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History of Carnevale

How do Italians prepare for 40 days of self-inflicted deprivation?  By throwing themselves a huge dress up party that lasts for weeks, of course!  Carnevale is celebrated throughout the Christian world between Epiphany on January 6th and Ash Wednesday (1 Ceneri).


This period has traditionally been dedicated to parties, parades, masquerade balls, music, and special food treats.  All manner of tricks are played.  Children throw confetti (carrandolli) at revelers.  This gaiety culminates on Shrove Tuesday, better known as Fat Tuesday.  Why all the merriment?  Anyone that has been to Northern Italy during the winter months would easily understand. The residents, who are sick of the cold winds coming down from the Alps, the damp mist rising from the many waterways of the Veneto and Padana plains and the lack of sunshine, are in search of distraction.  And what better distraction than weeks of parties?!


The tradition of wearing masks and elaborate costumes dates back to as early as the 1200’s and has been attributed to decadent Venice.  Especially in the waning years of world dominance, Venetians used the masks to hide all manner of improper behavior. They believed that anything that was done while the face was covered was permissible.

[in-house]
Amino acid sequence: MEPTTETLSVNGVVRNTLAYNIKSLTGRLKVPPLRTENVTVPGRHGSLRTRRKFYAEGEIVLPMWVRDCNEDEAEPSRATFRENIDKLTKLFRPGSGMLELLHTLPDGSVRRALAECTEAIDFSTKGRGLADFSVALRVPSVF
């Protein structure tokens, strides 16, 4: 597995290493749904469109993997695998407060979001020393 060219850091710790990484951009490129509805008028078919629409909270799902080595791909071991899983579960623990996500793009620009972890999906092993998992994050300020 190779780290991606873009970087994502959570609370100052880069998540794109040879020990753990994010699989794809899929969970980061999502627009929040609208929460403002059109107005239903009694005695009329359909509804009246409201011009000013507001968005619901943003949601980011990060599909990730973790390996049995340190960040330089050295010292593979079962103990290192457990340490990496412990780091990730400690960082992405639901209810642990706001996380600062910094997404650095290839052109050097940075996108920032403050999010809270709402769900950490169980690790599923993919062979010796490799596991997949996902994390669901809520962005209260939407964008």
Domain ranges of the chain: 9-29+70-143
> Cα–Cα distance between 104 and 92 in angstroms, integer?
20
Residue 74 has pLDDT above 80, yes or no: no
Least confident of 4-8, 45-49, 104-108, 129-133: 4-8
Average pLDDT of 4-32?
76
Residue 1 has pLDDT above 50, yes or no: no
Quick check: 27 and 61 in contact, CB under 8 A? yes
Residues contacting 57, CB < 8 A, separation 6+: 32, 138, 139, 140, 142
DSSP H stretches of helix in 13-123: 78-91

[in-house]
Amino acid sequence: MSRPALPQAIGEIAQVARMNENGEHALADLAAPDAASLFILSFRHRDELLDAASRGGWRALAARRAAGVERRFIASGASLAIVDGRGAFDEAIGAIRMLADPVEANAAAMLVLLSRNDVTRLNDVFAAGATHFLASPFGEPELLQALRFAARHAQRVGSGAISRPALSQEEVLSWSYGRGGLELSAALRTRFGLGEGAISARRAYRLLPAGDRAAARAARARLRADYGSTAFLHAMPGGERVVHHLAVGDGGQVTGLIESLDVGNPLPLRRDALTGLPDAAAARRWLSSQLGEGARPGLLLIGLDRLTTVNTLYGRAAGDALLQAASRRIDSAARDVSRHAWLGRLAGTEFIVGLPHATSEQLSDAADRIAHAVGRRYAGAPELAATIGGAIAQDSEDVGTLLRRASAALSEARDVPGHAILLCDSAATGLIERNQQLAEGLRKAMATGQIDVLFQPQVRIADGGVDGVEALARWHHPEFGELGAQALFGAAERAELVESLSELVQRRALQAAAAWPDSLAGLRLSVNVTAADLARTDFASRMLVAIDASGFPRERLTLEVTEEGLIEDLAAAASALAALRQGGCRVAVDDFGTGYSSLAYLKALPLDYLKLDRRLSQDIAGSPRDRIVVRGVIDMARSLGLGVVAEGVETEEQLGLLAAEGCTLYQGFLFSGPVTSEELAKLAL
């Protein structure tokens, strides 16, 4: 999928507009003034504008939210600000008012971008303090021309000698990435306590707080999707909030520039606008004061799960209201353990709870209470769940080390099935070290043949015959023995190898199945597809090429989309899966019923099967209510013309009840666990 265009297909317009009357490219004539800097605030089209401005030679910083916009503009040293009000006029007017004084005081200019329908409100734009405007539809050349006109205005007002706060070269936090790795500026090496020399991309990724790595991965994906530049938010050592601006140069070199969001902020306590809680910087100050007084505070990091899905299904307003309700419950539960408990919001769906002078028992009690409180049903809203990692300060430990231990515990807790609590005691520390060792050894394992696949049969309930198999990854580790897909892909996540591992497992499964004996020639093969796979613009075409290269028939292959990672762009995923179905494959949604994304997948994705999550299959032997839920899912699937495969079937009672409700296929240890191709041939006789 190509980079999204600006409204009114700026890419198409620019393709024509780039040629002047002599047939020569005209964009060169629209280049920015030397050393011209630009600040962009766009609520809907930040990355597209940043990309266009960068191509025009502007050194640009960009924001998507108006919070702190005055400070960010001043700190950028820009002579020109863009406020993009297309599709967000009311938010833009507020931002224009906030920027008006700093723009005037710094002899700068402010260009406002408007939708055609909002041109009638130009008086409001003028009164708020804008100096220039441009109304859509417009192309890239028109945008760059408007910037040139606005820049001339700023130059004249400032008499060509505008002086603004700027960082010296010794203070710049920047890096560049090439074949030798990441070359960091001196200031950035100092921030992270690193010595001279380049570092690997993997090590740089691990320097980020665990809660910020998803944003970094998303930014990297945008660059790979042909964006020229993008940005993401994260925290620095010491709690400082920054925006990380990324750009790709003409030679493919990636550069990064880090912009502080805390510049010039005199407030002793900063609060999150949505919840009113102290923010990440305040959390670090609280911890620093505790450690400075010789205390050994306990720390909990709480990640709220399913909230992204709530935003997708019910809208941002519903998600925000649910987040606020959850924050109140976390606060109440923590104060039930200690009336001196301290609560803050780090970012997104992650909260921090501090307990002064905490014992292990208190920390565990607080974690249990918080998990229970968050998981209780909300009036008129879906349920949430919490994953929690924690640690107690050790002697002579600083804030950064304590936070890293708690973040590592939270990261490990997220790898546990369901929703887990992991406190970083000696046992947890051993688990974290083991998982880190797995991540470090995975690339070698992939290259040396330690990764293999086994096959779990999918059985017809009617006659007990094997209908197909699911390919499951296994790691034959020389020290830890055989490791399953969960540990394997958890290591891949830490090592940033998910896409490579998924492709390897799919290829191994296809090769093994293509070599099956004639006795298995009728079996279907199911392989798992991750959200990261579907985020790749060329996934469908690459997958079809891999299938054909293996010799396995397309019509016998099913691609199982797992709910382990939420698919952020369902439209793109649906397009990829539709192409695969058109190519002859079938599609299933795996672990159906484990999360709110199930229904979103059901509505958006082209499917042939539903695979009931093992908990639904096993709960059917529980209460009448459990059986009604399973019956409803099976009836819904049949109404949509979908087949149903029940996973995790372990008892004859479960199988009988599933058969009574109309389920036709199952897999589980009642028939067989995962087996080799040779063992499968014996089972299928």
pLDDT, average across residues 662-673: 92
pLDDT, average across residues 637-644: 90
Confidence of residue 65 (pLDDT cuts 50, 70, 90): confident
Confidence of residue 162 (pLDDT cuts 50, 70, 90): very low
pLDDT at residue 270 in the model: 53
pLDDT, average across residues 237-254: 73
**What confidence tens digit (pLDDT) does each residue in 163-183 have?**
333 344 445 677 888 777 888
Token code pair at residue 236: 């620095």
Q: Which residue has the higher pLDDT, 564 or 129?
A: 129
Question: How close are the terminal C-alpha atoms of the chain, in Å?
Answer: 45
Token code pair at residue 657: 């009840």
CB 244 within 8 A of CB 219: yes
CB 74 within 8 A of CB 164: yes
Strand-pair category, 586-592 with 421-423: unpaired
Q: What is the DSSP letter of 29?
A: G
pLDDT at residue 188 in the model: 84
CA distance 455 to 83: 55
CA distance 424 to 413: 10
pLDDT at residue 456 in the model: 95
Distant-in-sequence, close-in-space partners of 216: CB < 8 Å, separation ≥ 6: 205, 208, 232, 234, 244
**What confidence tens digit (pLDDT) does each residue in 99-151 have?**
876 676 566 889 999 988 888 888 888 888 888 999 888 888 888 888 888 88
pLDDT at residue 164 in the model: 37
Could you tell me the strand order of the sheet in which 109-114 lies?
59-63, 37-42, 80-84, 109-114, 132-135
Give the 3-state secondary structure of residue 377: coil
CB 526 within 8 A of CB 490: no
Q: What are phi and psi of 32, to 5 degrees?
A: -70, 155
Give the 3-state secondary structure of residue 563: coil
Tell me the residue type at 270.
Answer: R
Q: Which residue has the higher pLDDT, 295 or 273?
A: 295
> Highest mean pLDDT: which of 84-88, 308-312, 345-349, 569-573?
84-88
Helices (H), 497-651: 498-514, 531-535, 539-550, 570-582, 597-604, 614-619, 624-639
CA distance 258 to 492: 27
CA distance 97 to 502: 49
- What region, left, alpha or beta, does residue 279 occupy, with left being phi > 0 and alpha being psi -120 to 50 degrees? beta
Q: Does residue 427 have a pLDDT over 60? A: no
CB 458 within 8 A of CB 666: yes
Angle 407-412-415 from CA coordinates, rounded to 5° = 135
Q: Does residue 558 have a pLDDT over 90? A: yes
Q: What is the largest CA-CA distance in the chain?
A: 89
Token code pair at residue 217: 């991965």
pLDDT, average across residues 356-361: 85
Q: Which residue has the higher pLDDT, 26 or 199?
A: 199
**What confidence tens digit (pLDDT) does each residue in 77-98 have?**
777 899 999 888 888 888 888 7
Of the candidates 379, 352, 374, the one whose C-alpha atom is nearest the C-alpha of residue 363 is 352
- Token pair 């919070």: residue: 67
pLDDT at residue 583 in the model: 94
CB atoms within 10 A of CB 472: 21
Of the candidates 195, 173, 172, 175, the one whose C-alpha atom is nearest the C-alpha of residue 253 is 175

In the 1700’s, after the fall of the Serenissima and its excesses, it became obvious that one could be masked, be responsible, and still have fun.


This was the beginning of the Carnevale (Mardi Gras) as we know it today.  If you have had the pleasure of being in Venice during the Carnevale season, you were probably left speechless by the beauty of the masks and the opulence of the costumes.  There are many regional Carnevale celebrations in Italy and throughout the world, but none can match Venice in elegance, beauty, and fairytale balls. The Carnevale of Venice is an annual festival held in Venice.  The Carnevale starts approximately two weeks before Ash Wednesday and ends on Shrove Tuesday (Fat Tuesday or Martedi Grasso), the day before Ash Wednesday.


The Venice Carnevale is now world famous! It always takes place during the ten days leading up to Shrove Tuesday.  Carnevale translates to “farewell to meat” and is a pre-Lent festival celebrated throughout Italy.  It was first held in Venice in the 11th Century and consisted of over two months of revelry, until it fell into decline during the 18th century.  It was revived in 1979 with great success and nowadays it is a great excuse to don a mask and costume, parade around the city, enjoy the live music in the main squares of the city, the events organized by the tourist board and is a wonderful open-air festival where everyone can join in.  Fantastic costumes are displayed in St. Mark’s Square and Venice is the perfect back-drop for amazing photographs.


Carnevale in the 18th century began with a series of balls in St. Mark’s Square, as can be seen on the fresco on the walls of the famous café Quadri’s.  Fortunes were squandered every night of Carnevale in the Ridotto Gambling casino, whatever the social status all the people wore costumes and masks, many connected to the Commedie  del’Arte, Harlequin, Columbine, the Plague Doctor and, of course, the courtesans.